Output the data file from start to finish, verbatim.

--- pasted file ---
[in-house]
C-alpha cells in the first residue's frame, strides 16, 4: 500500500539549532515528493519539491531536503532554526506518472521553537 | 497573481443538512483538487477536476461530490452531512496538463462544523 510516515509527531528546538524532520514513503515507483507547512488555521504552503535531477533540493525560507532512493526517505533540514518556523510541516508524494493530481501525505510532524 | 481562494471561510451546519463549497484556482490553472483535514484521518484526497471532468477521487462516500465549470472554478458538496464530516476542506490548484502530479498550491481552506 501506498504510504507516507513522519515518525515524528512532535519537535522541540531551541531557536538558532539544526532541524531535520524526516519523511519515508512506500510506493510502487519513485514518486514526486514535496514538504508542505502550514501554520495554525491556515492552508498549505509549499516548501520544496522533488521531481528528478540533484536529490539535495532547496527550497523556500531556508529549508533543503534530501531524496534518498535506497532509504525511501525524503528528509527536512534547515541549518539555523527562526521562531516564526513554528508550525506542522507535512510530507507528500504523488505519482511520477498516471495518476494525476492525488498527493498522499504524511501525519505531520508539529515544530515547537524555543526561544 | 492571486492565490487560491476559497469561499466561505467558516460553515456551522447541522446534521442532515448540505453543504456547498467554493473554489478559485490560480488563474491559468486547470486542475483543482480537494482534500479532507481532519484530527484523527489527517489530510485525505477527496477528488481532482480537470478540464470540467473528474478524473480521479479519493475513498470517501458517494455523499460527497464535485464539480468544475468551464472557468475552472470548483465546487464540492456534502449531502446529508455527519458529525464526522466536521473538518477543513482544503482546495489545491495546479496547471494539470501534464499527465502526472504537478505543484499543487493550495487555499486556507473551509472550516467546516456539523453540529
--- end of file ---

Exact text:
[in-house]
C-alpha cells in the first residue's frame, strides 16, 4: 500500500539549532515528493519539491531536503532554526506518472521553537 | 497573481443538512483538487477536476461530490452531512496538463462544523 510516515509527531528546538524532520514513503515507483507547512488555521504552503535531477533540493525560507532512493526517505533540514518556523510541516508524494493530481501525505510532524 | 481562494471561510451546519463549497484556482490553472483535514484521518484526497471532468477521487462516500465549470472554478458538496464530516476542506490548484502530479498550491481552506 501506498504510504507516507513522519515518525515524528512532535519537535522541540531551541531557536538558532539544526532541524531535520524526516519523511519515508512506500510506493510502487519513485514518486514526486514535496514538504508542505502550514501554520495554525491556515492552508498549505509549499516548501520544496522533488521531481528528478540533484536529490539535495532547496527550497523556500531556508529549508533543503534530501531524496534518498535506497532509504525511501525524503528528509527536512534547515541549518539555523527562526521562531516564526513554528508550525506542522507535512510530507507528500504523488505519482511520477498516471495518476494525476492525488498527493498522499504524511501525519505531520508539529515544530515547537524555543526561544 | 492571486492565490487560491476559497469561499466561505467558516460553515456551522447541522446534521442532515448540505453543504456547498467554493473554489478559485490560480488563474491559468486547470486542475483543482480537494482534500479532507481532519484530527484523527489527517489530510485525505477527496477528488481532482480537470478540464470540467473528474478524473480521479479519493475513498470517501458517494455523499460527497464535485464539480468544475468551464472557468475552472470548483465546487464540492456534502449531502446529508455527519458529525464526522466536521473538518477543513482544503482546495489545491495546479496547471494539470501534464499527465502526472504537478505543484499543487493550495487555499486556507473551509472550516467546516456539523453540529